Value of Kleihauer testing after administration of anti-D immunoglobulinBMJ 1994; 309 doi: http://dx.doi.org/10.1136/bmj.309.6949.240 (Published 23 July 1994) Cite this as: BMJ 1994;309:240
- J K M Duguid,
- I Bromilow
- Correspondence to: Dr Duguid
- Accepted 7 February 1994
The standard dose of 500 IU of anti-D immunoglobulin given in Britain to Rh D negative mothers postnatally is lower than that used in Europe, the United States, and Canada, where 1000-1500 IU is the routine dose. In Britain a Kleihauer test is performed after the 500 IU dose is given.1 The results of this test should indicate the volume of fetomaternal haemorrhage that has occurred and whether a further dose of anti-D immunoglobulin is required. Kleihauer testing is not performed routinely in Europe, the United States, or Canada as the higher dose of anti-D immunoglobulin used prevents Rh sensitisation in all but 0.3% of cases.
Use of the Kleihauer test in Rh D negative mothers who have been given anti-D immunoglobulin is intrinsically incorrect as the test measures fetal haemoglobin and not Rh D positive cells. Up to a quarter of women have an increased proportion of fetal haemoglobin during pregnancy, and increased proportions of fetal haemoglobin can also occur in women with haemoglobinopathies. The Kleihauer test can be performed and reported in several ways but has poor reproducibility.2 In Britain no quality assurance scheme exists for assessing Kleihauer testing.
These factors detract from the test's reliability in assessing accurately the size of a fetomaternal haemorrhage. We undertook a survey of the laboratories responsible for Kleihauer testing for a single transfusion centre in Britain to assess how effective Kleihauer testing is in monitoring the outcome of doses of anti-D immunoglobulin.
Subjects, methods, and results
We surveyed all hospital transfusion laboratories served by the Mersey and North Wales Blood Transfusion Service. Using a questionnaire, we requested information on the techniques used for Kleihauer testing, the methods of reporting, and situations in which increased doses of anti-D immunoglobulin and further Kleihauer testing were recommended. We also asked about antenatal Kleihauer testing after potentially sensitising episodes to see whether the British recommendations for antenatal use of anti-D immunoglobulin and Kleihauer testing were being followed.3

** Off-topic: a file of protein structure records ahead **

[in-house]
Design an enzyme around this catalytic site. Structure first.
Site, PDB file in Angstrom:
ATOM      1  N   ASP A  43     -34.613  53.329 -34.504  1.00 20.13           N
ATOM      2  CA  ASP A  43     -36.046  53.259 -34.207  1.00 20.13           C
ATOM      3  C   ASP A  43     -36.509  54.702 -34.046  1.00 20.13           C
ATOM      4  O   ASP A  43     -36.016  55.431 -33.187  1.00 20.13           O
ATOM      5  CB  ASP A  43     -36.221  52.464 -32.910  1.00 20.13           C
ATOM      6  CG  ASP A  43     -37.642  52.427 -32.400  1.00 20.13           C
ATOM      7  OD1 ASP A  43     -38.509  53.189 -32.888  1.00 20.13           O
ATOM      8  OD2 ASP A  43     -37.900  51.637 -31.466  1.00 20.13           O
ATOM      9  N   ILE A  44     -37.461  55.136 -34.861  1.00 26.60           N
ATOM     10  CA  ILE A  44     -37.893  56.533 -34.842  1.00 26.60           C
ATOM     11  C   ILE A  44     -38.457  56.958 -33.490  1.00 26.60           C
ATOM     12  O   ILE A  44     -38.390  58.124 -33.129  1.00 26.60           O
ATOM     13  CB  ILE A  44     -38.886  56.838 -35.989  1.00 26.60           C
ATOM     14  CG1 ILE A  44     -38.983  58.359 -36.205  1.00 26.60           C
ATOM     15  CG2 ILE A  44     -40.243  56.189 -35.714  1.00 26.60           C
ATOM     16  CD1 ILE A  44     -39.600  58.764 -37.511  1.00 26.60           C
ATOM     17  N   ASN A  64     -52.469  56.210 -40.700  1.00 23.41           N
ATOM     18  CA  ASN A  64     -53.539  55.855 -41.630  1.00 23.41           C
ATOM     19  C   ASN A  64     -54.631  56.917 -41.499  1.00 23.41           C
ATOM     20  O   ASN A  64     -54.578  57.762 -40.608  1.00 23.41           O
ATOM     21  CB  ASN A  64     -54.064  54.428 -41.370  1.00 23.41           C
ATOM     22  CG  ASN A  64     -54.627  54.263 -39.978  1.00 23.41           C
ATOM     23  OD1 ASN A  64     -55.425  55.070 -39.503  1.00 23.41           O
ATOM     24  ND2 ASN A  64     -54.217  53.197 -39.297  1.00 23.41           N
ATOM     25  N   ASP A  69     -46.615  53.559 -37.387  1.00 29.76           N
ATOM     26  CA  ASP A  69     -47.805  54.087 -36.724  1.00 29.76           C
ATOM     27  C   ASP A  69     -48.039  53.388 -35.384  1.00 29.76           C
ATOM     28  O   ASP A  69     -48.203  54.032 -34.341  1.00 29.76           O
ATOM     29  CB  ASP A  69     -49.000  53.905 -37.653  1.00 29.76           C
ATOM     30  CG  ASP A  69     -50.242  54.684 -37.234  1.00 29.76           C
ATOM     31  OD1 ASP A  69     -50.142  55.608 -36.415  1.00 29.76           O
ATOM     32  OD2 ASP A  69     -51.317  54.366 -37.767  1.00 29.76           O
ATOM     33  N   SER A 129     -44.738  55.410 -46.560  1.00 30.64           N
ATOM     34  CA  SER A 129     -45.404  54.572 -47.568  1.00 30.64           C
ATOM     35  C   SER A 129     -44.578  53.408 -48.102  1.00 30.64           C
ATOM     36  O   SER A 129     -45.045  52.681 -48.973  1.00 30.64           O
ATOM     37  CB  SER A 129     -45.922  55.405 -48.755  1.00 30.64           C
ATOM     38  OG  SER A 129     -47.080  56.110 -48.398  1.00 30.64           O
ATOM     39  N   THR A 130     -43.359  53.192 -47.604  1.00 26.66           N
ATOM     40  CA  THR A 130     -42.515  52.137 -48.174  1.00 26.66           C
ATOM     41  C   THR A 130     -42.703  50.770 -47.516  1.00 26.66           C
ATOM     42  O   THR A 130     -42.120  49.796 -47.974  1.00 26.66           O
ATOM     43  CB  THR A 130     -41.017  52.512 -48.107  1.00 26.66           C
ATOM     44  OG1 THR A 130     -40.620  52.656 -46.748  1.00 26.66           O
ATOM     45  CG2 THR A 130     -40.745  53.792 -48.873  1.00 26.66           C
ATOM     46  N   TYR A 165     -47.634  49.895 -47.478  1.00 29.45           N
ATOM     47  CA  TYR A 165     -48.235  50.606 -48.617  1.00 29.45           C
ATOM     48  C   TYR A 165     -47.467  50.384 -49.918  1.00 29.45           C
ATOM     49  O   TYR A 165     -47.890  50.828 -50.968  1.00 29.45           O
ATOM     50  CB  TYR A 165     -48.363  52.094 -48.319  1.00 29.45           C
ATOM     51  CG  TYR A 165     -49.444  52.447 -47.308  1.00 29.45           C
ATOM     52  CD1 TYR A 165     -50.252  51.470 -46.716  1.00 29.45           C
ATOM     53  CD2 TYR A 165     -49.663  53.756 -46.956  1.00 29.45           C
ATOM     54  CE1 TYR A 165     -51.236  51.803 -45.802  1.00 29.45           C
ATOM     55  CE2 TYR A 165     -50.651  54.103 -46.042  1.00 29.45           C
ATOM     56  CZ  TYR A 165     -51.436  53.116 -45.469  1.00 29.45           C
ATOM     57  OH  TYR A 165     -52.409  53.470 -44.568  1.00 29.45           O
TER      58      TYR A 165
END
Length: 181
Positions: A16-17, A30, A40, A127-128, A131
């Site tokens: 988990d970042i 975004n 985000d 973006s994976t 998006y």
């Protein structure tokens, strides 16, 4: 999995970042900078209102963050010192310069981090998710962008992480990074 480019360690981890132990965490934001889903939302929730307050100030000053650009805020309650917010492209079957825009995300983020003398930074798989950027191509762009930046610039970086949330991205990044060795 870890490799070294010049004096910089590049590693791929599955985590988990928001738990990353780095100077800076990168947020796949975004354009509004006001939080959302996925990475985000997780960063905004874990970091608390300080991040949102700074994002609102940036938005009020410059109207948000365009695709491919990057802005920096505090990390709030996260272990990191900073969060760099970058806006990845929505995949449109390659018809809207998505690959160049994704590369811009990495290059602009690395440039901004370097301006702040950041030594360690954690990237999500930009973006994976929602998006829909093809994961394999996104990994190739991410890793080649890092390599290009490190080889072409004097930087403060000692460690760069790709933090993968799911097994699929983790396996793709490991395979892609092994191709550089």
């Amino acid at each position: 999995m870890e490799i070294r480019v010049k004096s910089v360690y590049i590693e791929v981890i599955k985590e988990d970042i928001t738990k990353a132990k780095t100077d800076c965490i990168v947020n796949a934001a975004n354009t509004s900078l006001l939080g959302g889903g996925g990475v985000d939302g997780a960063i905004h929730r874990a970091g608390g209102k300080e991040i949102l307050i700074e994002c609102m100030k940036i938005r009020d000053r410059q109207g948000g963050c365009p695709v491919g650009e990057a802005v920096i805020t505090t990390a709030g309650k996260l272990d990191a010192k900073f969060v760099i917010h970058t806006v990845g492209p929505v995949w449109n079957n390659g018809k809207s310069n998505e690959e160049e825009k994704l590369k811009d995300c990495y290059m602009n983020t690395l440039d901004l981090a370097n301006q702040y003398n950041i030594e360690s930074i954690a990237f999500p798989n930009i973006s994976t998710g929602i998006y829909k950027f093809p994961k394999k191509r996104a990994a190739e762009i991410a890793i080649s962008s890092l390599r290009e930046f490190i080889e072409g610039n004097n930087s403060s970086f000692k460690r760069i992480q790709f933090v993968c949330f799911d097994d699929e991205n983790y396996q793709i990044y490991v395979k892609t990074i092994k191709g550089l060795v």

We contacted 23 hospital transfusion laboratories, all of which returned a completed questionnaire. Eleven hospitals did not perform Kleihauer testing since they were not responsible for an obstetric unit. The remaining 12 hospitals performed Kleihauer testing for all Rh D negative mothers delivered of an Rh D positive baby. No uniformity existed, however, with regard to the technique or counting procedure used or the reporting of the test (table).
Most of the hospitals reported the number of fetal cells per low power field. None indicated whether the result represented a large fetomaternal haemorrhage, requiring a further dose of anti-D immunoglobulin. Ten hospitals indicated that they would give advice on further doses of anti-D immunoglobulin if asked. One hospital would not recommend repeat Kleihauer testing after a large transplacental haemorrhage for which an increased dose of anti-D immunoglobulin had been given.
Antenatal Kleihauer testing also showed wide variations in practice (table). Only one hospital complied with all the current recommendations.3
If the hospitals we contacted are representative the results of our survey are worrying. European recommendations state that the postpartum dose of anti-D immunoglobulin should be 1000-1500 IU4; routine Kleihauer testing is not recommended. The failure rate of anti-D prophylaxis in Britain, though low at 1.5%, is considerably higher than that in some other European countries - for example, in the Netherlands it is 0.65%.
Because of this failure rate, the known variability and poor reproducibility of Kleihauer testing, and the results of our survey we believe that the adequacy of the dose of anti-D immunoglobulin given to Rh D negative mothers should be assessed with a more reliable and accurate technique. The technique should measure Rh D positive cells rather than fetal haemoglobin. Furthermore, because of the reported failure rate in Britain the recommended dose of 500 IU anti-D immunoglobulin should be reviewed.
We thank the staff of all the transfusion laboratories in north Wales and Merseyside for cooperating with this survey, and Mrs M Laffoley for her typing.